Audacious

Deworming Innovation Fund

The Problem

Parasitic worms are a major public health threat, affecting nearly a quarter of the world’s population.  Disease caused by the most common of these infections — roundworm, hookworm, whipworm and schistosomiasis — have stymied human health for centuries, causing pain, stealing nutrients, and stunting both physical and cognitive growth in children, preventing them from reaching their full potential. While existing deworming programs have successfully reduced suffering caused by parasitic worms for millions, nearly half of Africa’s population remain at risk of infection. In Ethiopia alone, more than 20 million children remain at risk.

What is the Audacious Project?

The Audacious Project was launched in April 2018, with a mission to foster “collaborative philanthropy for bold ideas.” Housed at TED and operated with support from The Bridgespan Group (a leading social impact advisor to nonprofits and NGOs, philanthropists and investors), The Audacious Project brings together some of the most respected organizations and individuals in philanthropy — the Skoll Foundation, Virgin Unite, Dalio Foundation and more. The Audacious Project surfaces and funds critical projects with the potential to create global change.

“With initial funding raised through the Audacious Project, the END Fund garnered additional support for the Deworming Innovation Fund, which enables us to accelerate progress even faster than we had envisioned. This groundbreaking capital allows us to reduce the burden of intestinal worms and schistosomiasis in the four countries, and invest in innovative approaches to treatment, prevention, and sustainability.” 

Ellen Agler, END Fund CEO

Our Plan

The funding through TED’s Audacious Project enabled us to launch the Deworming Innovation Fund to accelerate progress towards towards tackling parasitic worm infections that affect more than 40 million children in Ethiopia, Rwanda, Zimbabwe, and Kenya. These parasites are mind-blowingly inexpensive and easy to treat. Deworming pills, given once or twice a year, treat existing worms and help protect against new infections. We will leverage drug donations from pharmaceutical companies and at the same time will invest in precision mapping, careful monitoring, detailed modeling, integration with behavior change and sanitation strategies, scaling up of proven approaches to treatment, and increased community ownership. Developing national-scale deworming programs that are designed, run, and funded through locally-driven efforts is truly an audacious goal. We are confident this initiative can help boost the health of millions.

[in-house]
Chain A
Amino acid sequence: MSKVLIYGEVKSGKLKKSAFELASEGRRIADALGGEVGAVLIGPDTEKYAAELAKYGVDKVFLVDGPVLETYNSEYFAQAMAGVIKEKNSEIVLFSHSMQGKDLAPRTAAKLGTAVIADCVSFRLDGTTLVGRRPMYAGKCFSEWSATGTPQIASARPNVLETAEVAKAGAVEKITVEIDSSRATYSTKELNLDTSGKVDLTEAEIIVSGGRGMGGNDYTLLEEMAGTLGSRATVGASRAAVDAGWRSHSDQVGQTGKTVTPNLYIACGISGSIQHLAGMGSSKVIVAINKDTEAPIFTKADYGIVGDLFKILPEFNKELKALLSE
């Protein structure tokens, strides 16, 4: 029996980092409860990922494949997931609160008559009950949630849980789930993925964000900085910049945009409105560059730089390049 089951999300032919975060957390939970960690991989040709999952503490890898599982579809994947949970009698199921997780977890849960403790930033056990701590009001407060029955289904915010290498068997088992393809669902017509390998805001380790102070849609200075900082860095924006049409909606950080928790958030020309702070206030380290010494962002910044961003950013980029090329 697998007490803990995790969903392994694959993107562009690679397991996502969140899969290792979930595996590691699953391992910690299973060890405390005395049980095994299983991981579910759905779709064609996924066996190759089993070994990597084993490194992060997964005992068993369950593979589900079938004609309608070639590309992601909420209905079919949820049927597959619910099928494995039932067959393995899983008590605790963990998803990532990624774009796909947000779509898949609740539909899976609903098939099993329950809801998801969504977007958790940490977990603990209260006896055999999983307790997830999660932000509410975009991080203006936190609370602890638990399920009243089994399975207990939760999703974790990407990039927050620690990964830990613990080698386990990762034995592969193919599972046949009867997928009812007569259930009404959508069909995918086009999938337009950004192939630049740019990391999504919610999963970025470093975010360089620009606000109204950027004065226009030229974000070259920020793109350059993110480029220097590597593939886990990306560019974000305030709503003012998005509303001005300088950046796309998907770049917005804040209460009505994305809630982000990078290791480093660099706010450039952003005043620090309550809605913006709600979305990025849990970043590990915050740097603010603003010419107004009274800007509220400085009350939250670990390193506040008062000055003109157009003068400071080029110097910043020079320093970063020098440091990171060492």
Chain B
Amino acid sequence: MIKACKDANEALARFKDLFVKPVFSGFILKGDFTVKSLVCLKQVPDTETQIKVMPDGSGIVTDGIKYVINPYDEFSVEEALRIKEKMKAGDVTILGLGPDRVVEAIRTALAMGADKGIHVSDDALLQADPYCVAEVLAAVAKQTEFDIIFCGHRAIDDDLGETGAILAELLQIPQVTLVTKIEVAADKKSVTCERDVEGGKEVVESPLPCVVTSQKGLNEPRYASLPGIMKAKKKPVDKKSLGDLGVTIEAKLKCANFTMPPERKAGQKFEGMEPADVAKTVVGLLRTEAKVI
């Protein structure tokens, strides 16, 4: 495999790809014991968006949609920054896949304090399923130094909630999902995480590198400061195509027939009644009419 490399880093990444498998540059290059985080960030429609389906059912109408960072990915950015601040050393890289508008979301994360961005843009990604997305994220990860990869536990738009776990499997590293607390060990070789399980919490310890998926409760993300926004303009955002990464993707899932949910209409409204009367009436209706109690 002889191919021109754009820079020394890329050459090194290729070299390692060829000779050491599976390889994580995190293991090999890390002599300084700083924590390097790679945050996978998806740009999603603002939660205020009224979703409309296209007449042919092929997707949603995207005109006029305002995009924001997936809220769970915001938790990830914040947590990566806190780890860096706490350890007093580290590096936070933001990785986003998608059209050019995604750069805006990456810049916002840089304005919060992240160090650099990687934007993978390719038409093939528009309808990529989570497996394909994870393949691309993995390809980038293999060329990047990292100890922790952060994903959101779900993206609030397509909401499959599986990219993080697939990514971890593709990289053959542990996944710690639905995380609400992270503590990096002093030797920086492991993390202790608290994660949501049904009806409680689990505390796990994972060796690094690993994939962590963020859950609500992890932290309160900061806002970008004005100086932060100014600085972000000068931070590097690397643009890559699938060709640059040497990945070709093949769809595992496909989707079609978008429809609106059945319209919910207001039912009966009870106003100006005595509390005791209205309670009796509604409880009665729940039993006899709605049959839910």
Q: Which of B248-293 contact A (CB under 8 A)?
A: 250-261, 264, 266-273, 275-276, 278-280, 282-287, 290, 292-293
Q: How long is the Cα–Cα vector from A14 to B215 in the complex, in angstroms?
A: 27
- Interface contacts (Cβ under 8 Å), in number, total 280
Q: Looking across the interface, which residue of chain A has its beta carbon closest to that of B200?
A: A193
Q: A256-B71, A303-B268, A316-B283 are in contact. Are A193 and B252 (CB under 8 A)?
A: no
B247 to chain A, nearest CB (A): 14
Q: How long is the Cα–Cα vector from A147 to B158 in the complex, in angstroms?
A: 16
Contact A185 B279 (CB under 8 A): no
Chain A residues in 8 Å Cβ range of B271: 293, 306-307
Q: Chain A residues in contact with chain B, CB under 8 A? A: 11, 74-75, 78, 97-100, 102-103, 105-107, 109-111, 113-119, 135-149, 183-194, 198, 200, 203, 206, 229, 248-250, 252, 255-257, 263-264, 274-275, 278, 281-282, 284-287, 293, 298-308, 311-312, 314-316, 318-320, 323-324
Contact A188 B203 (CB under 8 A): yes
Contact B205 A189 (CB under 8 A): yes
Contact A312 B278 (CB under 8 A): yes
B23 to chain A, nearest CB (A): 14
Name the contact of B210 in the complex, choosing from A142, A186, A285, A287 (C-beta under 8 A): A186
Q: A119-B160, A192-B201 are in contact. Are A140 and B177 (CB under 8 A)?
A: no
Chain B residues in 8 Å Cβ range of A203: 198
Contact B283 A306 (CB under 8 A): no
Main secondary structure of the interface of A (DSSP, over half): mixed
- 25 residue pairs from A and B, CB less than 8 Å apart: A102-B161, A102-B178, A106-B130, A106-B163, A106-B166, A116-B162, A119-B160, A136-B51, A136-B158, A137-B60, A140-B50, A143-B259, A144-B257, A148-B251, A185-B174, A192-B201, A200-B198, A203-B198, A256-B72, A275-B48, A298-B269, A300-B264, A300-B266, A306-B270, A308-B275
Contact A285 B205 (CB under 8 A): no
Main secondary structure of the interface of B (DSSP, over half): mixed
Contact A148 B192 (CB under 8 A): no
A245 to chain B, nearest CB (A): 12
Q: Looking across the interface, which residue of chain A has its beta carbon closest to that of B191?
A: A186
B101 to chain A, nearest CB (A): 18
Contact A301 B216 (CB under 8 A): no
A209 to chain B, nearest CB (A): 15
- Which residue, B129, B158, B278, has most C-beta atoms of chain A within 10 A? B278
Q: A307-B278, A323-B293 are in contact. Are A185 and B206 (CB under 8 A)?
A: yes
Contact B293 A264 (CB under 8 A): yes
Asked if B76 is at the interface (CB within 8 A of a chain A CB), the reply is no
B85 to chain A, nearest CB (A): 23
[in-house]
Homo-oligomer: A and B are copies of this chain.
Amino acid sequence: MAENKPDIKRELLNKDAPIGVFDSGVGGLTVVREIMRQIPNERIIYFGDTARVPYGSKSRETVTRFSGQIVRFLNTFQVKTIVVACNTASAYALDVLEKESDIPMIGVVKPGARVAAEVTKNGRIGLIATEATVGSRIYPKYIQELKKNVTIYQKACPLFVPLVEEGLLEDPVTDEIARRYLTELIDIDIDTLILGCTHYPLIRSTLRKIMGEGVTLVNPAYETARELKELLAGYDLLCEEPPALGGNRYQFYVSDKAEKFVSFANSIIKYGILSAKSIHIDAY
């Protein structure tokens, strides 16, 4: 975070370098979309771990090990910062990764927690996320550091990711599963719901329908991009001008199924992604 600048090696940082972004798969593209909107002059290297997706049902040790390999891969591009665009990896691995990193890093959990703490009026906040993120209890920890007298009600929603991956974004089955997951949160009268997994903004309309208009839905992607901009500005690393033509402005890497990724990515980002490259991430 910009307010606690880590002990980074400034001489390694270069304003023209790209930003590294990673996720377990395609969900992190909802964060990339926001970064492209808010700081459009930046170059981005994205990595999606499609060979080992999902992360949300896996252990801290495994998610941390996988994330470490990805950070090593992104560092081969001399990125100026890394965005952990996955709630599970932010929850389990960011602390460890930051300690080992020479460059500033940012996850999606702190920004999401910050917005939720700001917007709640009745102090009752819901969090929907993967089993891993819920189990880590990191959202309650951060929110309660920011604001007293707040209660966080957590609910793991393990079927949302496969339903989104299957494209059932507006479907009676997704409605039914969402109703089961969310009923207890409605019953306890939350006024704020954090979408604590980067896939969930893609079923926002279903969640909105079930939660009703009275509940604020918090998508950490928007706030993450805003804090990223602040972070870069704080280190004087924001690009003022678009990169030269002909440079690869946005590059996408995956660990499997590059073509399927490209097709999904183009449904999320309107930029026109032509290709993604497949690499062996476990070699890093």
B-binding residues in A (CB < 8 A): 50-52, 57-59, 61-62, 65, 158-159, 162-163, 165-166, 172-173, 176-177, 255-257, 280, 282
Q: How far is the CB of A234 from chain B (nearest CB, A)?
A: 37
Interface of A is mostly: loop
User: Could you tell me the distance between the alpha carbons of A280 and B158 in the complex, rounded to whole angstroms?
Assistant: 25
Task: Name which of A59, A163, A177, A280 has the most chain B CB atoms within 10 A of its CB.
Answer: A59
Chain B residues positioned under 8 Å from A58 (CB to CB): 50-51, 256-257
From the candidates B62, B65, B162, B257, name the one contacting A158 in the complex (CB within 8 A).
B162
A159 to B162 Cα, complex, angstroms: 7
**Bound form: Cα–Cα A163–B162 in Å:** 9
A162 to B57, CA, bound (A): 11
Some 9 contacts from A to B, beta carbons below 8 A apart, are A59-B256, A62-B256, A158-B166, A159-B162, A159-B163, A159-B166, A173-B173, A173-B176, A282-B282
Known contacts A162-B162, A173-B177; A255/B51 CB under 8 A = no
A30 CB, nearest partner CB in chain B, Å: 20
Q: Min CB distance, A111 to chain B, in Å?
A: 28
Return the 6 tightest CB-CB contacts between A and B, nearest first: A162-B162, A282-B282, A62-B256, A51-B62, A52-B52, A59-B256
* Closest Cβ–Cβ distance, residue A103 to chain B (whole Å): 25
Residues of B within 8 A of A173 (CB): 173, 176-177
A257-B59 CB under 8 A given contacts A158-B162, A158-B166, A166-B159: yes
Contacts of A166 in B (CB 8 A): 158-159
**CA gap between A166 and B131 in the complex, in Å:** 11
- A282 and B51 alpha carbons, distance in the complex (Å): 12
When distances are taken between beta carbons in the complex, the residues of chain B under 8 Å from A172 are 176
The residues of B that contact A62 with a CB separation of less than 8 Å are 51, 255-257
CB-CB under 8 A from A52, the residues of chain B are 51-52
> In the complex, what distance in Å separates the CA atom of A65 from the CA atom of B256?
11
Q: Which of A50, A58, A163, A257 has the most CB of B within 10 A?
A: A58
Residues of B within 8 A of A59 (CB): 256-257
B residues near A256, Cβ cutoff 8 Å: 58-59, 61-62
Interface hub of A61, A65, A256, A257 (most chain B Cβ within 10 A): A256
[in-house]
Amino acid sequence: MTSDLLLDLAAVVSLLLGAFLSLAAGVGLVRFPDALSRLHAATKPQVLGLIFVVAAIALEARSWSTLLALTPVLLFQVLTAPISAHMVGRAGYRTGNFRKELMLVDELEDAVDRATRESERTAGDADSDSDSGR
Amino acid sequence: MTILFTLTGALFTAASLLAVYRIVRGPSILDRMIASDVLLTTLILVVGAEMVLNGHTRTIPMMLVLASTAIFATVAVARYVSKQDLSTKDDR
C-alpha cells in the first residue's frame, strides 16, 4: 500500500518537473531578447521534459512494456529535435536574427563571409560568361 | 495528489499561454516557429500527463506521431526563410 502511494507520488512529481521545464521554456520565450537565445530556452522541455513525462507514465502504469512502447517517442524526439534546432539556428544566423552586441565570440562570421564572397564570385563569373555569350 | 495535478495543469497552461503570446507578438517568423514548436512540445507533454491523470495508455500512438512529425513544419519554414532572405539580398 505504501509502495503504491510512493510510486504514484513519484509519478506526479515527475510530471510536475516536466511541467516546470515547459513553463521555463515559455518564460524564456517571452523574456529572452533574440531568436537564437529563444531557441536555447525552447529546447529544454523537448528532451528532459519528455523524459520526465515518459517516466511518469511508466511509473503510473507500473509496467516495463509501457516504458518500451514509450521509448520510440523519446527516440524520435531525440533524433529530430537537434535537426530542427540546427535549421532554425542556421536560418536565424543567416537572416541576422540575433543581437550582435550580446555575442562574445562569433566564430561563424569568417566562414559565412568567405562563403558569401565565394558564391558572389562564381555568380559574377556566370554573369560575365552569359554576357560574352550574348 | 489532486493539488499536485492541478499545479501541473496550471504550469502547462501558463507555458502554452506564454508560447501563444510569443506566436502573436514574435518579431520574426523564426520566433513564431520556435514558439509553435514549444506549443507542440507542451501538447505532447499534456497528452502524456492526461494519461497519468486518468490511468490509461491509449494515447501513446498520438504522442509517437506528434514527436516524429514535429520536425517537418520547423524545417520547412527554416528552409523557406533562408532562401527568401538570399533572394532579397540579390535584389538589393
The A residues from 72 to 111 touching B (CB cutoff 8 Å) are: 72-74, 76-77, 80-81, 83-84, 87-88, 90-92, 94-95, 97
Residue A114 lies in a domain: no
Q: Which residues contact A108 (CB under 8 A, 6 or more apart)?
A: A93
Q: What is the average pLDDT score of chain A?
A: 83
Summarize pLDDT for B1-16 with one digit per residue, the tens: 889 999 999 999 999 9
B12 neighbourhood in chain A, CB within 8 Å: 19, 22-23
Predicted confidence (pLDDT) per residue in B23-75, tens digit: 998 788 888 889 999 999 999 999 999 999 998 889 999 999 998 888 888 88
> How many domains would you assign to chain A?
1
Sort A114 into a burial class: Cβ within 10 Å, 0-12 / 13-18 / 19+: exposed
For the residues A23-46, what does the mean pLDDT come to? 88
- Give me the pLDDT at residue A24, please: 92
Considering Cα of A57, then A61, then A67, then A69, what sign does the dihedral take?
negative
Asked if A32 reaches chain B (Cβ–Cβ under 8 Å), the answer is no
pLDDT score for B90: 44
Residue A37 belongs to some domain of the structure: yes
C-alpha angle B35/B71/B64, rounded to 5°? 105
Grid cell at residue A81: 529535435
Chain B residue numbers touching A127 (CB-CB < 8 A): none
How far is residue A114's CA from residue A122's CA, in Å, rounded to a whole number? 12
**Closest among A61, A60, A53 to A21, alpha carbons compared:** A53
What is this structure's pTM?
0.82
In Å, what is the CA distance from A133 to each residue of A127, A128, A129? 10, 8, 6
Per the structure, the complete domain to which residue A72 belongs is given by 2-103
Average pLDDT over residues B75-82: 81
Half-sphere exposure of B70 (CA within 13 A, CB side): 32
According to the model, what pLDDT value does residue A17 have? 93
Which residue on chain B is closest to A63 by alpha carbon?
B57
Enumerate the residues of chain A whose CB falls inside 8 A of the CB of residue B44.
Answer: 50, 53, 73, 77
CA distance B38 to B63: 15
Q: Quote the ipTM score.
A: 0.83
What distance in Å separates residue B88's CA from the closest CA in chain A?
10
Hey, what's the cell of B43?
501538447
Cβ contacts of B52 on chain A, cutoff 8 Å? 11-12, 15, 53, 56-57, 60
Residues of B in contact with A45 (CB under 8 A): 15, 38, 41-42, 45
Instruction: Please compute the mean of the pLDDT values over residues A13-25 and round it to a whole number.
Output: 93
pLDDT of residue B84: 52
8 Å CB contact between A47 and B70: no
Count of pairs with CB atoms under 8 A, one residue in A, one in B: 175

Download: Case study on Rwanda

Tnash Photography

A $25 donation can treat up to 100 children for the year!

Donate!

Why Deworming?

A jar of 200 roundworms. This amount of worms is considered a “moderate” infection in children.

Deworming is one of the most cost-effective social investments. Studies show that children who are dewormed miss less school and girls are more likely to graduate secondary school. In fact overtime, children who are dewormed earn more money than their peers that do not receive treatment. A small initial investment in deworming children generates a return of 82% per year through higher earnings. Specifically, schistosomiasis leads to the deaths of more than 170,000 people per year. Ending intestinal worms and schistosomiasis would remove a large barrier to economic growth in communities across Africa.

Anchor funding for this project has been generously committed by a group of visionary partners including The ELMA Foundation, Delta Philanthropies, the Children’s Investment Fund Foundation, Rosamund Zander and Hansjörg Wyss for the Wyss Medical Foundation, and Virgin Unite.

NEWS

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Schistosomiasis is second only to malaria as the most devastating parasitic disease in tropical countries. Worldwide, there are more than 220 million people requiring treatment for schistosomiasis with over 188 million living in Africa, according to the World Health Organization. (1) Schistosomiasis goes by many names. It is sometimes called bilharzia (after the Dr. Bilharz…

Kids waiting in line to receive medicine.

Seven things to know about intestinal worms

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1 out ever 5 people on the planet still require treatment for intestinal worms (1.5 billion people). The most common forms of intestinal worms are hookworm, ascaris (roundworm), and trichuris (whipworm). These parasites have stymied human health for generations, causing pain, stealing nutrients, and stunting both physical and cognitive growth in children, preventing them from…